The Tribune of Campbellton-I doubt that it is favourable to the Liberal party-reported on May 10, 1961, that Mr. Van Horne, the popular former member, had told a meeting held at Dalhousie on the preceding Friday, that they should cast their votes for the Conservative candidate in the next by-election, in order to assure the prosperity of this new industry.

The same newspaper published on its first page on May 17 the following passage:


Defence production minister to head inauguration ceremonies.


Another article on the same page read in part as follows:


Minister may make statement on contract.

Mr. O'Hurley heads the federal department responsible for the placing of defence contracts such as those required by Radio Engineering Products Ltd., the firm now relocating here from Granby, Que.


Mr. Speaker, any contract which Radio Engineering Products, Limited, will get in New Brunswick, like those it got while in Granby, were granted directly, upon checking by the officers of the United States Army, in Washington. I know that they go through the division called "Canadian Commercial Corporation". It does not come under the minister but directly under NATO.

In the same bulletin, Mr. Speaker-as I have only a few minutes left-in another article, it was announced that the rubber workers were going to enter prosperous times.

The Address-Mr. McFarlane There is no better time for these gentlemen to prescribe quotas on imports as they asked for them when they were in the opposition.

Again in the same memorandum, still in 1935, more work for the textile workers was announced. Here is their chance today, when they are in office, to support their colleague, the member from Sherbrooke (Mr. Allard) who is back from a trip and begs for quotas in order to assist that industry.

The same circular letter was also addressed to the workers in the stocking industry. The Nordic company closed its plant in Roxton Falls, Mr. Speaker, and that in Bedford has been virtually closed for two years.

Also in the same circular letter, we could find an article entitled:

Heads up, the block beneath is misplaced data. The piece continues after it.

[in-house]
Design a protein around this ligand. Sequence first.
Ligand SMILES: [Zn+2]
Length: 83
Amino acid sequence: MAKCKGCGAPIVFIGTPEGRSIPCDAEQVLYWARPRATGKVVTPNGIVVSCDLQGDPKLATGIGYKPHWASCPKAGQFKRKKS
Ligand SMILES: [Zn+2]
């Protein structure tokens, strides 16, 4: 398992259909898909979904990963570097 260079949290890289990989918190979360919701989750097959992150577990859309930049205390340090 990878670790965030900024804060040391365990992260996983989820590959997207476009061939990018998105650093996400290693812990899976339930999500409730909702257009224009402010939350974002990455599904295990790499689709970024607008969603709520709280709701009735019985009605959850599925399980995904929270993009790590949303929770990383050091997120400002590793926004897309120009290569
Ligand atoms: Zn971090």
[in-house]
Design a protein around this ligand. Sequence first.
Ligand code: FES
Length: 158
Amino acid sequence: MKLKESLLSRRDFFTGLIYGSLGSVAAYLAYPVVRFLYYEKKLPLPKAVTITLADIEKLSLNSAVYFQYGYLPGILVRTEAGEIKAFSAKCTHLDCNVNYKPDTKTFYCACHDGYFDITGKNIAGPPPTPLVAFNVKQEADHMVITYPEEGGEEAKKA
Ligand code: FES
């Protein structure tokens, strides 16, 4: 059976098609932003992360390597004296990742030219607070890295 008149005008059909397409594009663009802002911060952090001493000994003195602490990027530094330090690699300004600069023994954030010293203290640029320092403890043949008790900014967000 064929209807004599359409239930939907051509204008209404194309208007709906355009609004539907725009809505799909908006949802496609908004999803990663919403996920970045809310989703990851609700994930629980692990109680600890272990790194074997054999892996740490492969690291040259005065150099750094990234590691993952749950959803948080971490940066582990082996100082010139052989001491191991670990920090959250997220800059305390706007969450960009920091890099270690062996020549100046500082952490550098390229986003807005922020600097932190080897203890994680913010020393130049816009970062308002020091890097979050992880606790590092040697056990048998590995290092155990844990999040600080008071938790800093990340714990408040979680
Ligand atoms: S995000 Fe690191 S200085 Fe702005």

Workers in elastic fabric vote for Bennett.

And today, all the machines in the braiding division of that industry have been stopped by imports; and to conclude, Mr. Speaker, in the same article, they were addressing the citizens in the following manner, just as the Prime Minister did last Friday:

People of Granby, who are going to vote for the first time in the present election, think well and vote in your own interests.

That is why in 1935, the people of Granby, of the province of Quebec and of Canada from coast to coast, voted in their own interests in supporting Mackenzie King, as they will do tomorrow in voting for Hon. "Mike" Pearson and his party, for the greatest welfare of all of Canada.


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February 22, 1962

Mr. Marcel Boivin (Shefford):

Mr. Speaker, I should like at the beginning of my remarks to offer you my respect and my congratulations on the way you have conducted the affairs of the House of Commons. Before going into my mother tongue I should also like to add in English that, as is customary, if a vote is called we will vote for the motion

out of respect for the representative of the Queen but this will imply no approval of the government.


Mr. Speaker, I would like at the start of my remarks, to render tribute to you in my own language, to congratulate you on the way you are directing the debates in this house.

Without delaying any further, I shall also congratulate the hon. member for Pontiac-Temiscamingue (Mr. Martineau), for having been appointed Deputy Speaker.

It is also in order for me to join my colleagues in proffering congratulations to the mover (Mr. Bourdages) and seconder (Mr. Browne, Vancouver-Kingsway) of the address in reply to the speech from the throne.

I also, on behalf of the people I have the honour to represent, tender my best wishes to the hon. member for Quebec South (Mr. Flynn), on his appointment to the cabinet.

Mr. Speaker, if the rumour is correct the Conservative administration seems to get the credit for a very lengthy fourth session and a very short fifth one during the twenty fourth parliament, which, on the whole, will not have brought much to the Canadian people.

We heard, and then we read in the speech from the throne, that we would get some new legislation to stimulate our economy and help national development.

Mr. Speaker, this reminds me that, hardly three years ago, we heard similar remarks from a certain party leader, and I do think it strange that all sorts of new bills are being introduced during this last session.